20 years ago first camera-phone photo taken

philippe-kahn-first-camera-phone-picture

1st Camera-Phone pic taken/shared  Jun 11,97

Starting off with saying. “It was 20 years ago today,” immediately conjures up an image in one’s mind of The Beatles’ Sgt. Pepper’s Lonely Hearts Club Band. But this time, “Image” is the operative word, as exactly two decades ago today, the first camera-phone photo was taken and shared – a feat we certainly take for granted today. Read more…at Canoe Tech Blog.

The Origin of April Fool’s Day

Are you on red alert for pranks and fake news April 1st? It’s just an extension of centuries-old tradition to entertain and trick – or is it?

EDMONTON, Alta. Mar. 31, 2017 /Troy Media/ – On April Fool’s Day, we’re on red alert for pranks, hoaxes and fake news – and it’s been going on for centuries, from an era when court jesters were common.

With no TV, movies or Internet, jesters, jokers or fools were the entertainers of Medieval and Renaissance times. They often started out as travelling performers who, with minstrels, entertained at fairs and markets.

The fools who gained greatest prominence were those who entertained monarchs and noblemen, as part of the household staff.

Being a court jester was the career pinnacle for the quick-witted and talented few. They could rise above the simple nomadic existence, entertaining peasants living in filth, disease and poverty. Their new life was to entertain a captive audience, and enjoy stability, shelter and more to eat in one meal than others had in a week.

Read the full story at Troy Media.

You can also listen to the Podcast at Toastcaster.com.

Archive: Celebrating Christmas in 18th and 19th century Alberta

troyxmas18thBy Greg Gazin
 Writer 
Troy Media Corporation

EDMONTON, December 19, 2008 /Troy Media/ — Turn the clock back to the late 18th century to the mid 19th century Alberta and chances are you’d be eating fish, beaver tail and stewed moose, rather than roasted turkey and honey-glazed ham, for Christmas dinner.

Instead of rockin’ to tunes emanating from audio systems and iPods, you’re more likely to be dancing the jig to the sounds of a fiddle and perhaps a drum.

That was the height of the festive season celebrations during the period of the Fur Trade.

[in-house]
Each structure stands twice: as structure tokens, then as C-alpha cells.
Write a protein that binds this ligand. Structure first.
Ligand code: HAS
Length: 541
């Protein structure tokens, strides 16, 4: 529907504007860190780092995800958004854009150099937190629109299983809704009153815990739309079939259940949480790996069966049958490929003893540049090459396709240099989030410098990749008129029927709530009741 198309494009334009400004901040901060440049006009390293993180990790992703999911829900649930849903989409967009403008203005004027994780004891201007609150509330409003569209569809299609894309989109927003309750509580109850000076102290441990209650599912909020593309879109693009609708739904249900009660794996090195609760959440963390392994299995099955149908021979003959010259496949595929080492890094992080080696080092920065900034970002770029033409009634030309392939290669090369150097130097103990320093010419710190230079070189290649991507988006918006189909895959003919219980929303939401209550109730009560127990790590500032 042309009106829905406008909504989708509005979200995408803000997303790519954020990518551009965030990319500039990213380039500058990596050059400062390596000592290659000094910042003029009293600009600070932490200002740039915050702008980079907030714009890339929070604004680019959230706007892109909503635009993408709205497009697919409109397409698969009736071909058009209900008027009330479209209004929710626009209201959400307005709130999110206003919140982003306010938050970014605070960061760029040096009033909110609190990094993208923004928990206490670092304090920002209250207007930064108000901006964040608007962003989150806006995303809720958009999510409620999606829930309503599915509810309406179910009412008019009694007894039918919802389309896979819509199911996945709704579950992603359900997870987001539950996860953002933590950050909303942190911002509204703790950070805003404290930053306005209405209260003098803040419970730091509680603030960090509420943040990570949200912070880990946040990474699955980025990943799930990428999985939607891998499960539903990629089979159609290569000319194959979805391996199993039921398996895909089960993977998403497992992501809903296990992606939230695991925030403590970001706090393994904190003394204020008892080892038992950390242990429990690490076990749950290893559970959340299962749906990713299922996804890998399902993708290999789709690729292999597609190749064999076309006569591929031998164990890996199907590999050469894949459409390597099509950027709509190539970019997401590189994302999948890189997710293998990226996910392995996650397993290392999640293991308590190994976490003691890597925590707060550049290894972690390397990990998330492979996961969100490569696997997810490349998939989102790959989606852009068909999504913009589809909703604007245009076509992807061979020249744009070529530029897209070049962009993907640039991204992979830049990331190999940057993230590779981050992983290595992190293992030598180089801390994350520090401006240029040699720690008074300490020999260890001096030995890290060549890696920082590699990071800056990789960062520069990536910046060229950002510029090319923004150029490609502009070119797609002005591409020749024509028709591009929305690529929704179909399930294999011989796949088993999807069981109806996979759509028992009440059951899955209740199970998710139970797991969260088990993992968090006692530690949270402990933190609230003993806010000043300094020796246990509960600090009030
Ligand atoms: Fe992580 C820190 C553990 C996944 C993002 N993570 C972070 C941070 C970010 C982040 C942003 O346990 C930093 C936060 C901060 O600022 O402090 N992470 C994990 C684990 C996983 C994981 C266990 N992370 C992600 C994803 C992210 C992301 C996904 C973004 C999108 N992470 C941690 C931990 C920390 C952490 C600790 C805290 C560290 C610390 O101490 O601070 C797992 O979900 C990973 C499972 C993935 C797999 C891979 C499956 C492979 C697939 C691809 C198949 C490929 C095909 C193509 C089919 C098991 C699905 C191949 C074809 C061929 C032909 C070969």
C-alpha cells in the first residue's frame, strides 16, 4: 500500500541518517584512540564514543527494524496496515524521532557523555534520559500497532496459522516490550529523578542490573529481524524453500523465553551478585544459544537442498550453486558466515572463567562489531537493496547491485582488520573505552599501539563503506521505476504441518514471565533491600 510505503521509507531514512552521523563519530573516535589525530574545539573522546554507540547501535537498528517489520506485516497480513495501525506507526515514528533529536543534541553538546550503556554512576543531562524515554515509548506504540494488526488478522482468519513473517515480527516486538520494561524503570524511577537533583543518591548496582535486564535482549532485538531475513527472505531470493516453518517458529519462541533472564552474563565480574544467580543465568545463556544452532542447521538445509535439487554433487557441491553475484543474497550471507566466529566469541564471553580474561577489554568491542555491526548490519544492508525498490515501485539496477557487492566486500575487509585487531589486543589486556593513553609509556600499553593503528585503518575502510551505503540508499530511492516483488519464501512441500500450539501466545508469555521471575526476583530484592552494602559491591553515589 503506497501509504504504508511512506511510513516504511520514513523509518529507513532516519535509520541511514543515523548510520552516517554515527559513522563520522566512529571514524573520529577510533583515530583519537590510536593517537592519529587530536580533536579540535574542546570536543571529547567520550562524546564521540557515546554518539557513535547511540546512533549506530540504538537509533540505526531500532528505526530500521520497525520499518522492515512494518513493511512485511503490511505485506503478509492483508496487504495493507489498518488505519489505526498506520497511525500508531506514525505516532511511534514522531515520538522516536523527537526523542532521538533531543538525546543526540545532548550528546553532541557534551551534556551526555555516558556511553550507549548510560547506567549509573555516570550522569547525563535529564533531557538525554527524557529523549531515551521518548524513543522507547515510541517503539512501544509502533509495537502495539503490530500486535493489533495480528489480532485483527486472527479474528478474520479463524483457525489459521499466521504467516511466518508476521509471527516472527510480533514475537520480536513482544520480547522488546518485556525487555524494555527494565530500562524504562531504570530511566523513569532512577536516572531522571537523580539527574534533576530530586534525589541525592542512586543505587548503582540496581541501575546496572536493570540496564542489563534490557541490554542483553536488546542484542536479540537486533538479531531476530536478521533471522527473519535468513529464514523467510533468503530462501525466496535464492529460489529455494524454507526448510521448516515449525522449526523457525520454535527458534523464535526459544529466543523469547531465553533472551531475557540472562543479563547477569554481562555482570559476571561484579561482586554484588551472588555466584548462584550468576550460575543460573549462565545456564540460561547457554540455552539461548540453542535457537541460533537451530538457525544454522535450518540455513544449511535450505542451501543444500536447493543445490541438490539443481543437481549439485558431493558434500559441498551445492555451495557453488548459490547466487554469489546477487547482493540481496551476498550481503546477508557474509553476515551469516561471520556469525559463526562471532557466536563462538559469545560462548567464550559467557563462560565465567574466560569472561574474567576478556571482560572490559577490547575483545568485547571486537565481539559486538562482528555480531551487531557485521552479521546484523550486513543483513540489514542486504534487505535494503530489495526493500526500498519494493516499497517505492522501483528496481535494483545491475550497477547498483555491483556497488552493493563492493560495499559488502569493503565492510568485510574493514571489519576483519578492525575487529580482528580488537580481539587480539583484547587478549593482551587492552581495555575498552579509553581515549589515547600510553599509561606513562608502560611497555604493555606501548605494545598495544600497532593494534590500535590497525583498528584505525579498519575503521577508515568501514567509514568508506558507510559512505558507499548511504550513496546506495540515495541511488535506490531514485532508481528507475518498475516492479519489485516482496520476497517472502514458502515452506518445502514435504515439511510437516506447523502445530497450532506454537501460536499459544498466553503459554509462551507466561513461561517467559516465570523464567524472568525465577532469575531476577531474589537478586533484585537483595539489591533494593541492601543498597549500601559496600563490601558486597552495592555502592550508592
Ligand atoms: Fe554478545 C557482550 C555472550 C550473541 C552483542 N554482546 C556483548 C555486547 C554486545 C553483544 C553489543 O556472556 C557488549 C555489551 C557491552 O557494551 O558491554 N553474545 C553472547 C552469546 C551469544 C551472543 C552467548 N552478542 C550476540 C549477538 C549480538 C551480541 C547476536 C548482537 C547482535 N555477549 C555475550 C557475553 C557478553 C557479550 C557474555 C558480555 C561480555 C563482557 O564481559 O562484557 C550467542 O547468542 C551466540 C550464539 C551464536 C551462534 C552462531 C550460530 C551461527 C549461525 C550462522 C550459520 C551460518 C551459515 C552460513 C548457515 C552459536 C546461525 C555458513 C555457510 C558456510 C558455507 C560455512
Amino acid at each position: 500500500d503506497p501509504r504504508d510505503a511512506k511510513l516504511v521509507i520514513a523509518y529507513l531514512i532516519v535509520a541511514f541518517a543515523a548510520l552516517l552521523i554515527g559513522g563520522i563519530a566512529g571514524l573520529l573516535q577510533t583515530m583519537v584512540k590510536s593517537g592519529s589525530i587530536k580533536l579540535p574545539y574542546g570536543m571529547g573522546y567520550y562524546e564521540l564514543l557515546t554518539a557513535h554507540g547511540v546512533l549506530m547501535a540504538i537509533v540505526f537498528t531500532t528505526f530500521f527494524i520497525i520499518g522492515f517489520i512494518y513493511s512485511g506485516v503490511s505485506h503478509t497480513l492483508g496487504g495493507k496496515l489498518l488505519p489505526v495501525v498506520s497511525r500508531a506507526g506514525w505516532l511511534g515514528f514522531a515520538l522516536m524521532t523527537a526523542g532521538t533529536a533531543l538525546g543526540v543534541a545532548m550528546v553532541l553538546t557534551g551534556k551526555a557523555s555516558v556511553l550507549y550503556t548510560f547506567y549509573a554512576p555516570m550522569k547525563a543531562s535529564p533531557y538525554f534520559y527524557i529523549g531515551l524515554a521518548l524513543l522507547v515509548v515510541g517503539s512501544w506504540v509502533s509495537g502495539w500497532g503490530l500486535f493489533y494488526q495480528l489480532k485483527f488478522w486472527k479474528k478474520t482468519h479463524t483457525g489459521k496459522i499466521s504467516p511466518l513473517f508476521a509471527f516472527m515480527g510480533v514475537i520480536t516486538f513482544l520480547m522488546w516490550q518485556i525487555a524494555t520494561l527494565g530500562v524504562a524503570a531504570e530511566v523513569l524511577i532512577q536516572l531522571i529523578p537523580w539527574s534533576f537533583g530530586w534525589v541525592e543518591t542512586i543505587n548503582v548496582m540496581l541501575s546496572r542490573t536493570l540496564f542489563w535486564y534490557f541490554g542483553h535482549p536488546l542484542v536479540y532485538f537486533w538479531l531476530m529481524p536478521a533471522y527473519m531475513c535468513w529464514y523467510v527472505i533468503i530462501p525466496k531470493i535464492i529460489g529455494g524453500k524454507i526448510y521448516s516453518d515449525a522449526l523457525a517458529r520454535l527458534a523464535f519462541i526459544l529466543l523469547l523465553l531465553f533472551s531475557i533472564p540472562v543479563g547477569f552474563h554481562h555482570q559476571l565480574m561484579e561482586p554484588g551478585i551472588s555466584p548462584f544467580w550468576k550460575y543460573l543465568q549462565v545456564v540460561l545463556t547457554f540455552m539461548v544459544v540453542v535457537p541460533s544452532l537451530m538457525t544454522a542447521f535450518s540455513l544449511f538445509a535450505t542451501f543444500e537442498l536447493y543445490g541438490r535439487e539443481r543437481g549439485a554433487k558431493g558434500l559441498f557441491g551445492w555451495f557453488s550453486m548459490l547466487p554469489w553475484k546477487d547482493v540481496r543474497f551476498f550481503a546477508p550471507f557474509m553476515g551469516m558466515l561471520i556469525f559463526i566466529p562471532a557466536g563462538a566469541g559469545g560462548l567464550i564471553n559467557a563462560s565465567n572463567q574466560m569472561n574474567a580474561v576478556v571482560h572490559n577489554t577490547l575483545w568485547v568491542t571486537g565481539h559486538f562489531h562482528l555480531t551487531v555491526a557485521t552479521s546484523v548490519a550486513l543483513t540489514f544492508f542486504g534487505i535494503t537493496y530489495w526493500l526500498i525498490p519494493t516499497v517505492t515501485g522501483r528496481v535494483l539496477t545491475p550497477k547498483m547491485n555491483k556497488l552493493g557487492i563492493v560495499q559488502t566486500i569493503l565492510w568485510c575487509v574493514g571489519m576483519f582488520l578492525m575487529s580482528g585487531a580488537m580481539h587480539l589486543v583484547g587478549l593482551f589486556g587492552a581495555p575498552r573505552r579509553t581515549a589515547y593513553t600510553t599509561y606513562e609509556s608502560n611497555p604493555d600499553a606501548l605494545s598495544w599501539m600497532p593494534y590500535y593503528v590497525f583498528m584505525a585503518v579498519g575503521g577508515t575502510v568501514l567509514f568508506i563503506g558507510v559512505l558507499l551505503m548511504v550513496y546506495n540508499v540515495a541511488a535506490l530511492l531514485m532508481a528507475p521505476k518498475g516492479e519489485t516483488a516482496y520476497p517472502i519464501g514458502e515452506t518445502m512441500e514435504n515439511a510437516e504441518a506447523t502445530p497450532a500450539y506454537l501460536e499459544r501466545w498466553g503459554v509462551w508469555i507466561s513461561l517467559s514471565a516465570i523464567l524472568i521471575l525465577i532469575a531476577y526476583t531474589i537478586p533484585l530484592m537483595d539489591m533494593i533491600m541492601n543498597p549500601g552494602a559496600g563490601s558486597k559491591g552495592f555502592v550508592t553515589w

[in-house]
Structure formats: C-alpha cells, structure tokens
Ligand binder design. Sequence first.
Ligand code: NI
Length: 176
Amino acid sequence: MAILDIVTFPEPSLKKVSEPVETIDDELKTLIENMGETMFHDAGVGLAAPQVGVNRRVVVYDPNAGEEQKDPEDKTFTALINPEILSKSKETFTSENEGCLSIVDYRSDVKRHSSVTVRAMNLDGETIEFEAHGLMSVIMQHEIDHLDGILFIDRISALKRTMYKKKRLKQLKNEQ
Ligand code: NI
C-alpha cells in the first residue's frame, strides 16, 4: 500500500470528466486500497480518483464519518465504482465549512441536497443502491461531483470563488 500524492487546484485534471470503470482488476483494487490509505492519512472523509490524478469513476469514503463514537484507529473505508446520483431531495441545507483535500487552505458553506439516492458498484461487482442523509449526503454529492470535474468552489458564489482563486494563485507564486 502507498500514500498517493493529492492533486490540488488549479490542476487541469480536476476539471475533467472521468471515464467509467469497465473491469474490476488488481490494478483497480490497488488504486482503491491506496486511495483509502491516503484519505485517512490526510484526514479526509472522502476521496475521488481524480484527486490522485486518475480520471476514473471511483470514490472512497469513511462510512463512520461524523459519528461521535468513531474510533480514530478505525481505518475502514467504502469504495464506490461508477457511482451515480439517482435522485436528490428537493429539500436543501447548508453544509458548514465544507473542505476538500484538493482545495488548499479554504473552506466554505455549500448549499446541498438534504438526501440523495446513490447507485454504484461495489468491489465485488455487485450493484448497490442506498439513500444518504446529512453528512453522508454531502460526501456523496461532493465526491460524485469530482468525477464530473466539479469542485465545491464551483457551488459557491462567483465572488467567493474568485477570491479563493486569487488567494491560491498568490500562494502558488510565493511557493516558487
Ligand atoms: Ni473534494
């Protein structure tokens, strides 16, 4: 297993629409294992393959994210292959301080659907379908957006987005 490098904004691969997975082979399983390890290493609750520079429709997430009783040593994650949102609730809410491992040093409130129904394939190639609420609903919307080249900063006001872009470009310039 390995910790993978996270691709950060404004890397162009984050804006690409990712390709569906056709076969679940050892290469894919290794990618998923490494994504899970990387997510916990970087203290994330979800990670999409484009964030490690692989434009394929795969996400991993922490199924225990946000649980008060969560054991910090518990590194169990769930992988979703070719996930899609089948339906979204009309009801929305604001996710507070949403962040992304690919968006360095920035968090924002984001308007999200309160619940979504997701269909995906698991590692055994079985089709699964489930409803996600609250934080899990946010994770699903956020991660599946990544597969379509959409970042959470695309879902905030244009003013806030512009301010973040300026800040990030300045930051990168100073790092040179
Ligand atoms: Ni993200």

[Read more…]

Experience London’s Great Fire of 1666 through Minecraft

Great Fire 1666 pre-fire map

In 1666, the Great Fire destroyed London, England and to commemorate the 350th Anniversary of the event, the Museum of London wants to share the story with the world. But rather than do it simply in the form of video, text, or a exhibit, the story is also being retold as a game – Great Fire 1666.

The game will consist of three phases or ‘Maps”; starting you off on the streets of 17th century London before the eventful time, where you can walk around and interact with the locals. You’ll then have an opportunity to combat the flames of the Great Fire and then later on rebuild your own version of England’s capital. Read More at CanoeTech Blog.

Troy Media: The day the Beatles shook Vancouver

red116

August 22, 1964. Photo by Owen Coppin. From the private collection of Red Robinson

The Fab Four’s first appearance in Canada 50 years ago was cut short because of a near riot

EDMONTON, AB, Aug 21, 2014/ Troy Media/ – While February 7, 1964 was the day The Beatles crossed the big pond to conquer America, it was on August 22, 1964, the day before the legendary Hollywood Bowl Concert, that The Beatles made their first appearance north of the 49th Parallel. That concert was held outdoors at Empire Stadium in Vancouver, B.C.

Legendary broadcaster and Disc Jockey Red Robinson, inducted into the Rock and Roll Hall of Fame in1994, had previously introduced the likes of Elvis Presley, Bill Haley and Buddy Holly to the general public. But it was on that night in Vancouver that Red emceed the show that would go down as an unforgettable date in Beatle’s history.

Robinson, then 27, was at the time the Program Director and DJ at CFUN Radio in Vancouver. “It was a great day,” says Robinson. The concert was held on a football field on the site of the Pacific National Exhibition (PNE), built in 1954 for The British Empire and Commonwealth Games. It was during those games that Roger Bannister and John Landy broke the four-minute mile.  READ FULL ARTICLE AT TROY MEDIA

19th century camera technology still relevant today

The Petzval lens, old and new

 

EDMONTON, AB, / Troy Media/ – If 19th century University of Vienna Mathematics Professor and inventor Joseph Petzval were alive today, I wonder how surprised he’d be to see how far camera technology has advanced. But I’d really like to witness the look on his face if he knew that a lens he created in 1840 was getting a new lease on life almost two centuries later. Read More at Troy Media.

I met the Walrus

On this the 30th anniversary of John Lennon’s death, it would be appropriate to look back on this moment in time and remember the legend and founder of The Beatles who was gunned down by a lunatic in front of his apartment – The Dakota in the Village in New York on Dec 8th, 1980.

Read more… AT CANOE TECHNOLOGY